What is Bank Rate?

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What is Bank Rate?

Meaning and Definition

The bank rate is the interest rate the central bank charges while making a loan to a commercial bank. Thus, the bank rate is essentially the lending rate of the central bank. The central bank has the power to increase or reduce the bank rate. The central bank often controls the volume of credit supplied by the commercial banks by changing the bank rate.

The bank (discount) rate is the minimum rate at which a commercial bank borrows from the central bank by (re) discounting bills of exchange or other eligible credit instruments (such as promissory notes). Since central bank is the lender of the last resource, i.e., the ultimate source of funds in the money market, the commercial banks approach the central bank for funds when they need it.

The commercial banks make loans by discounting bills of exchange presented to them by manufacturers and traders. Now if commercial banks do not receive sufficient deposit (with which to make loans), they approach the central bank for funds and the central bank re-discounts the bill of exchange held by commercial (member) banks. The rate at which the central bank re-discounts the bills of other eligible papers presented by the commercial banks is known as the bank (discount) rate. A rise in the bank rate by the central bank implies that the commercial banks will have to pay higher interest rates while taking loans from the central bank. They will, therefore, be forced to charge higher rates of interest while making loans.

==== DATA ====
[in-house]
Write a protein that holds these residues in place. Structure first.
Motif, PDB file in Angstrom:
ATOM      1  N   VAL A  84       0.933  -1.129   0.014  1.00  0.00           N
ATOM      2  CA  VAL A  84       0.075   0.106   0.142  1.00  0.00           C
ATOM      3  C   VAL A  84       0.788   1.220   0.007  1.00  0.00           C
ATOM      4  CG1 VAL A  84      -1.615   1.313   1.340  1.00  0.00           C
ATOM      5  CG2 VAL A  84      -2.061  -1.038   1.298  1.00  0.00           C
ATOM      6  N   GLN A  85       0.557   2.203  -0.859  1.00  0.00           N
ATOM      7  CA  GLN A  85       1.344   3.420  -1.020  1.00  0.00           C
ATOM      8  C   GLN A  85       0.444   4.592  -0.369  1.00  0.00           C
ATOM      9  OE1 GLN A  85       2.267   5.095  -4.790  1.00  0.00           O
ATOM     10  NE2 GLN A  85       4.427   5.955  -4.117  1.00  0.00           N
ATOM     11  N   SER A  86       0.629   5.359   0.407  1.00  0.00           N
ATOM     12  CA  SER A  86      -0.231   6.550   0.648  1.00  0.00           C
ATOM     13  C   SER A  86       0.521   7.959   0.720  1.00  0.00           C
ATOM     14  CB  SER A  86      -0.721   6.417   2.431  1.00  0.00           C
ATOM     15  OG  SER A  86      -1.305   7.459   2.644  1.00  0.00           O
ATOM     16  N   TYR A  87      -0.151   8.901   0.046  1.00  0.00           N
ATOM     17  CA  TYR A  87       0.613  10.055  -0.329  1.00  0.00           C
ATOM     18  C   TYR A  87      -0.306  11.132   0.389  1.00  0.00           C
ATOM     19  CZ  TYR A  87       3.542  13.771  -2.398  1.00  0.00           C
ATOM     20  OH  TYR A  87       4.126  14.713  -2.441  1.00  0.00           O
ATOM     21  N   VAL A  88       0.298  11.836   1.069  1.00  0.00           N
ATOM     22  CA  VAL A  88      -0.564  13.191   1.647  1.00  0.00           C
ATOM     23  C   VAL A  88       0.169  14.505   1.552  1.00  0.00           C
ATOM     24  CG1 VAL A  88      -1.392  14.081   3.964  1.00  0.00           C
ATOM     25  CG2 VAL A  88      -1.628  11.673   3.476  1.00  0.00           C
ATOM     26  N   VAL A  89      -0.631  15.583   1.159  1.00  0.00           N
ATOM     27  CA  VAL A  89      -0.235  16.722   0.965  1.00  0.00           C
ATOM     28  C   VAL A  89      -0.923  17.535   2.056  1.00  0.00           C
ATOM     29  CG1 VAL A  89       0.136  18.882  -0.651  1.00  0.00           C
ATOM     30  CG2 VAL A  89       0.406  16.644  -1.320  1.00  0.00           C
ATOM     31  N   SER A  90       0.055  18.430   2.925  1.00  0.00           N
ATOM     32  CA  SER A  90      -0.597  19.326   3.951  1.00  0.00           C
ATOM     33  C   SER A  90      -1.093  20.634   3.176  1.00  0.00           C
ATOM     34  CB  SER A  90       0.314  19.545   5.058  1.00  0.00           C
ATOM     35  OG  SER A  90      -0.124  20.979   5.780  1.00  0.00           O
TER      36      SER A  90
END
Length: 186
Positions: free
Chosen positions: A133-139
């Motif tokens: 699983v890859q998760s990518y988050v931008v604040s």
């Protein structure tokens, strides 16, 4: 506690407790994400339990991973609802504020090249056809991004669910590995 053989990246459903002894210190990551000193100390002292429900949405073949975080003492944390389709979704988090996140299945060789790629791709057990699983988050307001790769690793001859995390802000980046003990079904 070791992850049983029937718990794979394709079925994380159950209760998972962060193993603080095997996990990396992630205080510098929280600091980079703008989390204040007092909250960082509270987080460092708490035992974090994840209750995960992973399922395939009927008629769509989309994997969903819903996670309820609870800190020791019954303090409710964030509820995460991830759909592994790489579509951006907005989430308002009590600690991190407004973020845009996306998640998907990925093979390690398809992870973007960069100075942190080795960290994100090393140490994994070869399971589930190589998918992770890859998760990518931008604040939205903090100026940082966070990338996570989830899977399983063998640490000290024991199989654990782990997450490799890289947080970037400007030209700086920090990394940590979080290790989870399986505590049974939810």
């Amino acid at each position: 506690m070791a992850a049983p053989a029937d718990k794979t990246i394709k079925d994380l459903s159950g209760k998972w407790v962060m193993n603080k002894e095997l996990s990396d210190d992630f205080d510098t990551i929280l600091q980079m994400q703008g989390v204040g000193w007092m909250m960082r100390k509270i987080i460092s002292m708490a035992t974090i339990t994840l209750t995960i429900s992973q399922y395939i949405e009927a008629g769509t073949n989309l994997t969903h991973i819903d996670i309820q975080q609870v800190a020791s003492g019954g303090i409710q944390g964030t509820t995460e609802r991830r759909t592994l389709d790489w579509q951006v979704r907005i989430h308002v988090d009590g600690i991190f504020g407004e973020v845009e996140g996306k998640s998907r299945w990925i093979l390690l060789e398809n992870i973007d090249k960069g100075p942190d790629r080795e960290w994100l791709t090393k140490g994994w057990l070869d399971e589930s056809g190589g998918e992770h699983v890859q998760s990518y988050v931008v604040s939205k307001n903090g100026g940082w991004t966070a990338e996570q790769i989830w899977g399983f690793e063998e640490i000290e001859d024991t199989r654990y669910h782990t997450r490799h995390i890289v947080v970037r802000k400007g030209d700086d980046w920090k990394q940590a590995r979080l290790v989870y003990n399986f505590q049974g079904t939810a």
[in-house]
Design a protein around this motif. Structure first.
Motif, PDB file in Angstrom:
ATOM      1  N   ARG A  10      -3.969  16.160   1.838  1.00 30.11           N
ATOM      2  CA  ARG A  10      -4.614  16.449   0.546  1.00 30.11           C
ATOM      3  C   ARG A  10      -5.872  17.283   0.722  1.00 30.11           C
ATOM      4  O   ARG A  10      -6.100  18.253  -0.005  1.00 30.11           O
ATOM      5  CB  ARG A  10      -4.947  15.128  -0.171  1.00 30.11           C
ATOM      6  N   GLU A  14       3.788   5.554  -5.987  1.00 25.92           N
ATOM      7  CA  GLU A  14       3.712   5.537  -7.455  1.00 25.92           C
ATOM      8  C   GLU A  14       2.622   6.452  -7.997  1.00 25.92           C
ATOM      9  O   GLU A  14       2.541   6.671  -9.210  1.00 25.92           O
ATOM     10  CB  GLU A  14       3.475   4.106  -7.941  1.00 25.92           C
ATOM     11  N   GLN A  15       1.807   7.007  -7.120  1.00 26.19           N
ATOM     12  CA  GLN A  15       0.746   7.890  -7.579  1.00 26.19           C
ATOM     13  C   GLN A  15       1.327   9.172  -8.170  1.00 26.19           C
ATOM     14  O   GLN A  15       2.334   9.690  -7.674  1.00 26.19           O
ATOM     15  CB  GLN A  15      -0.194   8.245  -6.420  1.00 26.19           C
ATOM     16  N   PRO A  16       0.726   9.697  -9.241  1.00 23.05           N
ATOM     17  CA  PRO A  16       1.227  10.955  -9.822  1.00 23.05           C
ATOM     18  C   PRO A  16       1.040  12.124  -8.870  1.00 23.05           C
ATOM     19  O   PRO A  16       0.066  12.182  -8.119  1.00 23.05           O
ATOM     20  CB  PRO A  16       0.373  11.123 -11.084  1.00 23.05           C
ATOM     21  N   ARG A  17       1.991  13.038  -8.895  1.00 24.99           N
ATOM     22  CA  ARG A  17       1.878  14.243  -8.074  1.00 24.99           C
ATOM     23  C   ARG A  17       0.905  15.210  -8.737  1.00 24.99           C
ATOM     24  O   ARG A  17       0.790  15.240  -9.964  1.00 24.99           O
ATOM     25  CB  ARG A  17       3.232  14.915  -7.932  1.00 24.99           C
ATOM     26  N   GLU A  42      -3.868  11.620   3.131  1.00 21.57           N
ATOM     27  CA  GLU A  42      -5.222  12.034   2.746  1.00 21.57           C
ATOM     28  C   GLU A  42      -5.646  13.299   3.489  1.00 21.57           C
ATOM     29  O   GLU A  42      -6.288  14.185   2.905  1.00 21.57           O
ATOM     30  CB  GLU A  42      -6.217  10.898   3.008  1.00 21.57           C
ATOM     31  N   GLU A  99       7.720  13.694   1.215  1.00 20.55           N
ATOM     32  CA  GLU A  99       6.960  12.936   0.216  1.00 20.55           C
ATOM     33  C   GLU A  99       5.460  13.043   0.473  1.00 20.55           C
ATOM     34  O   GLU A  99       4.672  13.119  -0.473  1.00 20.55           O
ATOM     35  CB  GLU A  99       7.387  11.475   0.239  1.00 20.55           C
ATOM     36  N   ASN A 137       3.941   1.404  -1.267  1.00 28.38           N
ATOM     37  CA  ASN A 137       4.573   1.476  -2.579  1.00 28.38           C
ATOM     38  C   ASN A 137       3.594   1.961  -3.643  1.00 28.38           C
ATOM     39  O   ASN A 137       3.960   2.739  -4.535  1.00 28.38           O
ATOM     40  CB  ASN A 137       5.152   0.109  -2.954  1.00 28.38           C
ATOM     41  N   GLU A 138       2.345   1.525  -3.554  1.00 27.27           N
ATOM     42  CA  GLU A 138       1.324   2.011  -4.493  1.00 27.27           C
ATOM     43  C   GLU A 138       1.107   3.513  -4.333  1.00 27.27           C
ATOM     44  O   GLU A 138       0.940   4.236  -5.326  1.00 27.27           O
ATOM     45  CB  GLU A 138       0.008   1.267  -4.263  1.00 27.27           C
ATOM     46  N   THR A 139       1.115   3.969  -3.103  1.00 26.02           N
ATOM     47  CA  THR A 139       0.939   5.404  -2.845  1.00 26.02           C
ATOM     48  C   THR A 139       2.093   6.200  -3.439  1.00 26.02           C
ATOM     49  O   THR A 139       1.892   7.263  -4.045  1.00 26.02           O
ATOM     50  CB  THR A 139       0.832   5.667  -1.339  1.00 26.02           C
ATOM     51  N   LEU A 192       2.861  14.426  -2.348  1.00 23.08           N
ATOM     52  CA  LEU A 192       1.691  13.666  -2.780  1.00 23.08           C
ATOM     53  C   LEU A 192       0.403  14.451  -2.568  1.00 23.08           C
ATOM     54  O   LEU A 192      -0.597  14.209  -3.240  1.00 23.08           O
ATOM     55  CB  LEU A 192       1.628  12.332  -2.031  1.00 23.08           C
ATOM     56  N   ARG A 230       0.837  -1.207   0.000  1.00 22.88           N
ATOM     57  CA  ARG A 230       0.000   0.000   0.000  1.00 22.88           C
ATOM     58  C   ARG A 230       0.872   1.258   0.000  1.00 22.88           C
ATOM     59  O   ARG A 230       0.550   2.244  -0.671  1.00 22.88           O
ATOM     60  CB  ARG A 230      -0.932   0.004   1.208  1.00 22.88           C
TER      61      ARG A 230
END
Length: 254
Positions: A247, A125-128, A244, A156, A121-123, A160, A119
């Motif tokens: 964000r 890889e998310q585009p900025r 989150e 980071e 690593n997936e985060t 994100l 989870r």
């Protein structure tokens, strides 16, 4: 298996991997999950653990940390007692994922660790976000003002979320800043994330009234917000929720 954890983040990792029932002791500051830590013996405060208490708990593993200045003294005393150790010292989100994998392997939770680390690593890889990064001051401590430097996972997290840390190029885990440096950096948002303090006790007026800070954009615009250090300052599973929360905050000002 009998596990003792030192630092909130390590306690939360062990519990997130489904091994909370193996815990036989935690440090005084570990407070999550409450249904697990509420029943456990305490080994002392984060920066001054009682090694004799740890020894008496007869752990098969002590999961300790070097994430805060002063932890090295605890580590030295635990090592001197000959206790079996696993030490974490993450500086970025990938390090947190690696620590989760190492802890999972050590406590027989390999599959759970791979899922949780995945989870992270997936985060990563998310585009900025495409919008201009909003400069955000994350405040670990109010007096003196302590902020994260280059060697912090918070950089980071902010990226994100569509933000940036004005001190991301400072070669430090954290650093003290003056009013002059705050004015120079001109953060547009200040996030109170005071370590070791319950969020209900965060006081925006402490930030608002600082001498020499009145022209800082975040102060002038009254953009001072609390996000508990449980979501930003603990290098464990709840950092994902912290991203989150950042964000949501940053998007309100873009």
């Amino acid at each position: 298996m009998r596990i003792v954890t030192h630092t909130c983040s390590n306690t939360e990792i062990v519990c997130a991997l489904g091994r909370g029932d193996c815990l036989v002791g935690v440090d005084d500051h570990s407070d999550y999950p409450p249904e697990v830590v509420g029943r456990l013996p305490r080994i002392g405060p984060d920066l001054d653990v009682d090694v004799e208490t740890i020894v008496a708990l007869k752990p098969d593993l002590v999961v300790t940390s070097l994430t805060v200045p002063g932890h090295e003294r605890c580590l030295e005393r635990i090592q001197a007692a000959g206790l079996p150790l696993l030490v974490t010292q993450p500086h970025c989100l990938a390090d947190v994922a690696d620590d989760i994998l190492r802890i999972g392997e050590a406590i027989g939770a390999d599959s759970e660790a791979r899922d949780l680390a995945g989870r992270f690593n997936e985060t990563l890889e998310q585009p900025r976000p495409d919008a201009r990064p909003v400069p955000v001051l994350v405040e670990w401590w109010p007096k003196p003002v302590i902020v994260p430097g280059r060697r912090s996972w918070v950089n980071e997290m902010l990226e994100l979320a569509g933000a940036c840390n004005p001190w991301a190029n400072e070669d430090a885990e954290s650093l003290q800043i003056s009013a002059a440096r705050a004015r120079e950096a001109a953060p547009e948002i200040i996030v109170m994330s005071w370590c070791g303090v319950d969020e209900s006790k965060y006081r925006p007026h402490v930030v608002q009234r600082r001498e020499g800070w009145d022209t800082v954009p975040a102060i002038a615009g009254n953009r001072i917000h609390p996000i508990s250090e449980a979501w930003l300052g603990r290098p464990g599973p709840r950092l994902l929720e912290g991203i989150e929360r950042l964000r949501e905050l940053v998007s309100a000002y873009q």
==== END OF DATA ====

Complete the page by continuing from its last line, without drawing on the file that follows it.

A related point may also be noted in this context. When the central bank raises the bank rate, the commercial banks are forced to pay higher interest rates on the deposits they accept from the public. This also explains why the commercial banks charge higher rate of interest, while making loans and advances, when the bank rate rises. There is, in fact, a mechanical relation between the bank rate (at which a commercial bank borrows funds) and the market rate (at which a bank lends). This means that as and when the bank rate increases the market rates of interest automatically raise. The converse is also true. When the central bank reduces the bank rate the commercial banks reduce their lending rates. This means that the market rates of interest automatically fall.

When the market rates of interest go up, business firms and consumers of durable goods will be less willing to take loans from banks than before. When the rate of interest rises, business people finds it less profitable to borrow funds for investment purposes. The banks are also less willing to make loans. It is because if they make more loans they have to approach the central bank for funds. And the central bank will charge higher rate of interest from commercial banks for making loan. So two things happen when the bank rate goes up. First, the market rates of interest rises and the demand for bank loans falls. Secondly, commercial banks have to obtain funds from the central bank by paying higher rates of interest. For both the reasons the commercial banks make less loans when the bank rate increases. The converse is also true. The commercial banks make more loans in the event of a fall in the bank rate. This explains why the bank rate is raised during inflation and is lowered during deflation (recession).